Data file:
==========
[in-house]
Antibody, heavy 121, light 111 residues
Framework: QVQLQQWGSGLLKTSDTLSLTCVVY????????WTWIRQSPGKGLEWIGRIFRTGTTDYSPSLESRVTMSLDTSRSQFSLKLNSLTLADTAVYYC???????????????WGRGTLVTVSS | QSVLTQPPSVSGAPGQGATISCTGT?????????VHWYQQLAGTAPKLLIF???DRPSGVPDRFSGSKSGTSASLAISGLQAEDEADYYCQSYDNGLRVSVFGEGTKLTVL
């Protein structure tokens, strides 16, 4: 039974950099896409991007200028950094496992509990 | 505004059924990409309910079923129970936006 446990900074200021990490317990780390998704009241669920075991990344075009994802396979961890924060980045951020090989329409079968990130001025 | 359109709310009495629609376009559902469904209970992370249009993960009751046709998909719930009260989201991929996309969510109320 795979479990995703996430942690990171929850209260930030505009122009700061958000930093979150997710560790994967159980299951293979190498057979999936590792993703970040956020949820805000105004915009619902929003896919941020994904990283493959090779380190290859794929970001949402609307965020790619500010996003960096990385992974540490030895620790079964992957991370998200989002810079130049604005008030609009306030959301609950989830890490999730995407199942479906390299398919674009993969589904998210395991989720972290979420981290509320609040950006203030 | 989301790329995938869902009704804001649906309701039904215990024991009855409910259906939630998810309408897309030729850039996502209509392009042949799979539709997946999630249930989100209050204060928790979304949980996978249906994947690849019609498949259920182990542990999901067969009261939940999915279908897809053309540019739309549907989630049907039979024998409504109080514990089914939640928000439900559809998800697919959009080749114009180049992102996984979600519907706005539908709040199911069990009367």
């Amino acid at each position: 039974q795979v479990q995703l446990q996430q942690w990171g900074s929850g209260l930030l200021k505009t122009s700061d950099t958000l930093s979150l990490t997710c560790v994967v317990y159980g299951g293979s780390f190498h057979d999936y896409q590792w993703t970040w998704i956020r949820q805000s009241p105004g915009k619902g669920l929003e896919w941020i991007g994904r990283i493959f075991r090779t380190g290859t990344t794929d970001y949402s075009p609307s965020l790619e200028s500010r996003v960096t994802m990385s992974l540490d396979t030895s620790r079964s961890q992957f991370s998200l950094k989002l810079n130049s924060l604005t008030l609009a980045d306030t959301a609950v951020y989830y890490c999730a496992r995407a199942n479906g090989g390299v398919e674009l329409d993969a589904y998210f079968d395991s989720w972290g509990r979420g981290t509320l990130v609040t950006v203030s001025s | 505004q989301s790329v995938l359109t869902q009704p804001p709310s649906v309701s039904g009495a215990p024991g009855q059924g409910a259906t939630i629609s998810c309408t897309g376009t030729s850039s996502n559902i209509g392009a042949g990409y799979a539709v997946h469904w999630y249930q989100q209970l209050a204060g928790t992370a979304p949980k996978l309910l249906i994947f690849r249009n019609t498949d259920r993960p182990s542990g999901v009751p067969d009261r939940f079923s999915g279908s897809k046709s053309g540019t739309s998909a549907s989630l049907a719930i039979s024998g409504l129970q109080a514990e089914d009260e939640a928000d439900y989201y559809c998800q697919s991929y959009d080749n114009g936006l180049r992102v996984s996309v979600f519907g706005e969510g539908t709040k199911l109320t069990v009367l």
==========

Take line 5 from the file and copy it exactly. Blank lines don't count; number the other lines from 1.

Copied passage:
């Amino acid at each position: 039974q795979v479990q995703l446990q996430q942690w990171g900074s929850g209260l930030l200021k505009t122009s700061d950099t958000l930093s979150l990490t997710c560790v994967v317990y159980g299951g293979s780390f190498h057979d999936y896409q590792w993703t970040w998704i956020r949820q805000s009241p105004g915009k619902g669920l929003e896919w941020i991007g994904r990283i493959f075991r090779t380190g290859t990344t794929d970001y949402s075009p609307s965020l790619e200028s500010r996003v960096t994802m990385s992974l540490d396979t030895s620790r079964s961890q992957f991370s998200l950094k989002l810079n130049s924060l604005t008030l609009a980045d306030t959301a609950v951020y989830y890490c999730a496992r995407a199942n479906g090989g390299v398919e674009l329409d993969a589904y998210f079968d395991s989720w972290g509990r979420g981290t509320l990130v609040t950006v203030s001025s | 505004q989301s790329v995938l359109t869902q009704p804001p709310s649906v309701s039904g009495a215990p024991g009855q059924g409910a259906t939630i629609s998810c309408t897309g376009t030729s850039s996502n559902i209509g392009a042949g990409y799979a539709v997946h469904w999630y249930q989100q209970l209050a204060g928790t992370a979304p949980k996978l309910l249906i994947f690849r249009n019609t498949d259920r993960p182990s542990g999901v009751p067969d009261r939940f079923s999915g279908s897809k046709s053309g540019t739309s998909a549907s989630l049907a719930i039979s024998g409504l129970q109080a514990e089914d009260e939640a928000d439900y989201y559809c998800q697919s991929y959009d080749n114009g936006l180049r992102v996984s996309v979600f519907g706005e969510g539908t709040k199911l109320t069990v009367l």